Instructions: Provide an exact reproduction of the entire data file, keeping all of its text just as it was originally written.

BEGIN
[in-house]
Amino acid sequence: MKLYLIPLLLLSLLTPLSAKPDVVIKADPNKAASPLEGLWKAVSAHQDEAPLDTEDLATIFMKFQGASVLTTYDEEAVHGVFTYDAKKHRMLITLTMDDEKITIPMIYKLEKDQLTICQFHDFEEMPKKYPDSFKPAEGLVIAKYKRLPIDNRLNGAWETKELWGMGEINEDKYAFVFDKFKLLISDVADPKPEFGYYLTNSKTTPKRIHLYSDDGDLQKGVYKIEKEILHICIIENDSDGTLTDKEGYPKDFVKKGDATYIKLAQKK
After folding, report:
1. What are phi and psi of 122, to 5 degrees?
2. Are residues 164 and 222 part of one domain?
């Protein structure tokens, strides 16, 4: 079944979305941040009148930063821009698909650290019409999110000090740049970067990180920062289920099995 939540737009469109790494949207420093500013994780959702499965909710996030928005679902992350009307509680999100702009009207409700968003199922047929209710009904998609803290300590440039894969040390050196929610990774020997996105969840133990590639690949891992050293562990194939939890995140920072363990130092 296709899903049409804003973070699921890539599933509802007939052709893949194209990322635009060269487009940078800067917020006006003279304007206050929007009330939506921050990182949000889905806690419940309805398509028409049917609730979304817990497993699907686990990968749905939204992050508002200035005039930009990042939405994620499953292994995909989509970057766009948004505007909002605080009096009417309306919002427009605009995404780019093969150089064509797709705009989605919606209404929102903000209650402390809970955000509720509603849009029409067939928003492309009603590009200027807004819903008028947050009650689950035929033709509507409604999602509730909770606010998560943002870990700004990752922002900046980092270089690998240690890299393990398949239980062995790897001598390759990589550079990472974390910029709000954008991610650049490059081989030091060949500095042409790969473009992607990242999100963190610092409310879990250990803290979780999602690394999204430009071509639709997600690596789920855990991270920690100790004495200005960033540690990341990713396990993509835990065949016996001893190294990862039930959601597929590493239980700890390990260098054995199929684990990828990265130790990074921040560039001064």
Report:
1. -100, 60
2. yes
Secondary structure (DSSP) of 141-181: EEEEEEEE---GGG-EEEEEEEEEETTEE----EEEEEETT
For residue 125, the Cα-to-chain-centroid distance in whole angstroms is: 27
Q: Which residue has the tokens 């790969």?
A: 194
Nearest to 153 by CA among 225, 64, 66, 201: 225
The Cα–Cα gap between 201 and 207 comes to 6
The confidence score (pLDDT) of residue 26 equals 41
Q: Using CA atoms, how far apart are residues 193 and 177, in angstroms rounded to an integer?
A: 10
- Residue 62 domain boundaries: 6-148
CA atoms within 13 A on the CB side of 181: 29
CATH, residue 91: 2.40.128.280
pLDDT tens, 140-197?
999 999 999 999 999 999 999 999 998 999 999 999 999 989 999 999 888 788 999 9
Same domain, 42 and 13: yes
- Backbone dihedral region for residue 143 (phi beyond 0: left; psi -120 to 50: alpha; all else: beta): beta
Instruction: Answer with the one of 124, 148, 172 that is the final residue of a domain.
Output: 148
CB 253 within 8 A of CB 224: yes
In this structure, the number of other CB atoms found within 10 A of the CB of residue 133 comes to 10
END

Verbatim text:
[in-house]
Amino acid sequence: MKLYLIPLLLLSLLTPLSAKPDVVIKADPNKAASPLEGLWKAVSAHQDEAPLDTEDLATIFMKFQGASVLTTYDEEAVHGVFTYDAKKHRMLITLTMDDEKITIPMIYKLEKDQLTICQFHDFEEMPKKYPDSFKPAEGLVIAKYKRLPIDNRLNGAWETKELWGMGEINEDKYAFVFDKFKLLISDVADPKPEFGYYLTNSKTTPKRIHLYSDDGDLQKGVYKIEKEILHICIIENDSDGTLTDKEGYPKDFVKKGDATYIKLAQKK
After folding, report:
1. What are phi and psi of 122, to 5 degrees?
2. Are residues 164 and 222 part of one domain?
């Protein structure tokens, strides 16, 4: 079944979305941040009148930063821009698909650290019409999110000090740049970067990180920062289920099995 939540737009469109790494949207420093500013994780959702499965909710996030928005679902992350009307509680999100702009009207409700968003199922047929209710009904998609803290300590440039894969040390050196929610990774020997996105969840133990590639690949891992050293562990194939939890995140920072363990130092 296709899903049409804003973070699921890539599933509802007939052709893949194209990322635009060269487009940078800067917020006006003279304007206050929007009330939506921050990182949000889905806690419940309805398509028409049917609730979304817990497993699907686990990968749905939204992050508002200035005039930009990042939405994620499953292994995909989509970057766009948004505007909002605080009096009417309306919002427009605009995404780019093969150089064509797709705009989605919606209404929102903000209650402390809970955000509720509603849009029409067939928003492309009603590009200027807004819903008028947050009650689950035929033709509507409604999602509730909770606010998560943002870990700004990752922002900046980092270089690998240690890299393990398949239980062995790897001598390759990589550079990472974390910029709000954008991610650049490059081989030091060949500095042409790969473009992607990242999100963190610092409310879990250990803290979780999602690394999204430009071509639709997600690596789920855990991270920690100790004495200005960033540690990341990713396990993509835990065949016996001893190294990862039930959601597929590493239980700890390990260098054995199929684990990828990265130790990074921040560039001064």
Report:
1. -100, 60
2. yes
Secondary structure (DSSP) of 141-181: EEEEEEEE---GGG-EEEEEEEEEETTEE----EEEEEETT
For residue 125, the Cα-to-chain-centroid distance in whole angstroms is: 27
Q: Which residue has the tokens 């790969």?
A: 194
Nearest to 153 by CA among 225, 64, 66, 201: 225
The Cα–Cα gap between 201 and 207 comes to 6
The confidence score (pLDDT) of residue 26 equals 41
Q: Using CA atoms, how far apart are residues 193 and 177, in angstroms rounded to an integer?
A: 10
- Residue 62 domain boundaries: 6-148
CA atoms within 13 A on the CB side of 181: 29
CATH, residue 91: 2.40.128.280
pLDDT tens, 140-197?
999 999 999 999 999 999 999 999 998 999 999 999 999 989 999 999 888 788 999 9
Same domain, 42 and 13: yes
- Backbone dihedral region for residue 143 (phi beyond 0: left; psi -120 to 50: alpha; all else: beta): beta
Instruction: Answer with the one of 124, 148, 172 that is the final residue of a domain.
Output: 148
CB 253 within 8 A of CB 224: yes
In this structure, the number of other CB atoms found within 10 A of the CB of residue 133 comes to 10